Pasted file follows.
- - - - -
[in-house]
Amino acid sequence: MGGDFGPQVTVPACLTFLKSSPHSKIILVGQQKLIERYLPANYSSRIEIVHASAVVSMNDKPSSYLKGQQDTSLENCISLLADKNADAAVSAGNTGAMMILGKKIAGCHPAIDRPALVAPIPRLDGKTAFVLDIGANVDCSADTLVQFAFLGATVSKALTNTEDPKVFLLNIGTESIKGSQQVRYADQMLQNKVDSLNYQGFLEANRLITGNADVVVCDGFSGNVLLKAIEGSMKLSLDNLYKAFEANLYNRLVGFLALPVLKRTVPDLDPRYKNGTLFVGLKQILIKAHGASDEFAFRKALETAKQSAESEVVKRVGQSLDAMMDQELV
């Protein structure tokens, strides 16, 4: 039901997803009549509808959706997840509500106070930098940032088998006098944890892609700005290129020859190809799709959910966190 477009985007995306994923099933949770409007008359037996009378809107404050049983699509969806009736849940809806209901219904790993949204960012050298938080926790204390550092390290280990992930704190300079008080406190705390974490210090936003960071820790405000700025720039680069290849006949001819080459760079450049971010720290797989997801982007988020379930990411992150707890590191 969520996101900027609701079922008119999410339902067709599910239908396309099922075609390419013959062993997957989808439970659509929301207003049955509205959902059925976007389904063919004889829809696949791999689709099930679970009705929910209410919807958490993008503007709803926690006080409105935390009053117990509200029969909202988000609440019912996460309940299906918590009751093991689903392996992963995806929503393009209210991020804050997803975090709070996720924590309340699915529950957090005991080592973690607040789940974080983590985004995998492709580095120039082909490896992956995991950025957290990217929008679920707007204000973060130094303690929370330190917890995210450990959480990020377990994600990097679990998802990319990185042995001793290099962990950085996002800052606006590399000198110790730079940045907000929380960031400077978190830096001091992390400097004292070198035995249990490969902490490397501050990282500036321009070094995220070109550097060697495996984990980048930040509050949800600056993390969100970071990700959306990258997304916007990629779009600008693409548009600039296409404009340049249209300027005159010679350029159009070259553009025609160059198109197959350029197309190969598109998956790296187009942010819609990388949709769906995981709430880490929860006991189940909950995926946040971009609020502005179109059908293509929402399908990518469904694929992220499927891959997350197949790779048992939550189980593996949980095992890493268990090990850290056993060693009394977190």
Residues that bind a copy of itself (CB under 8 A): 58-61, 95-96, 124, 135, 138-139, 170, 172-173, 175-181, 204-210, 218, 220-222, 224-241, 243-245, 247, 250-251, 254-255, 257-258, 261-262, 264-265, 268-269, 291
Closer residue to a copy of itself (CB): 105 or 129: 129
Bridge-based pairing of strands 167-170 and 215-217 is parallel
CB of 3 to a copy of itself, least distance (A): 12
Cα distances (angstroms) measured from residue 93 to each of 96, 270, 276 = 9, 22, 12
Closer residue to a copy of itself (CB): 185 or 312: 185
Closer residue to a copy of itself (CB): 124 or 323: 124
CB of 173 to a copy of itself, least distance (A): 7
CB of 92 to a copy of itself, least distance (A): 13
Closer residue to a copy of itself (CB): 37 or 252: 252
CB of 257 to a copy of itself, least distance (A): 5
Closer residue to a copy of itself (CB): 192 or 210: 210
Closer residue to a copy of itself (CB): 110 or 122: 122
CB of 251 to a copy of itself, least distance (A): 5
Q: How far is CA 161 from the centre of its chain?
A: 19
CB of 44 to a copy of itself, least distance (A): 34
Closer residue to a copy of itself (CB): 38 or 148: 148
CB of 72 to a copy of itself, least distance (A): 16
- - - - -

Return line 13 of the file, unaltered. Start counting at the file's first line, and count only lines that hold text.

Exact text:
Closer residue to a copy of itself (CB): 37 or 252: 252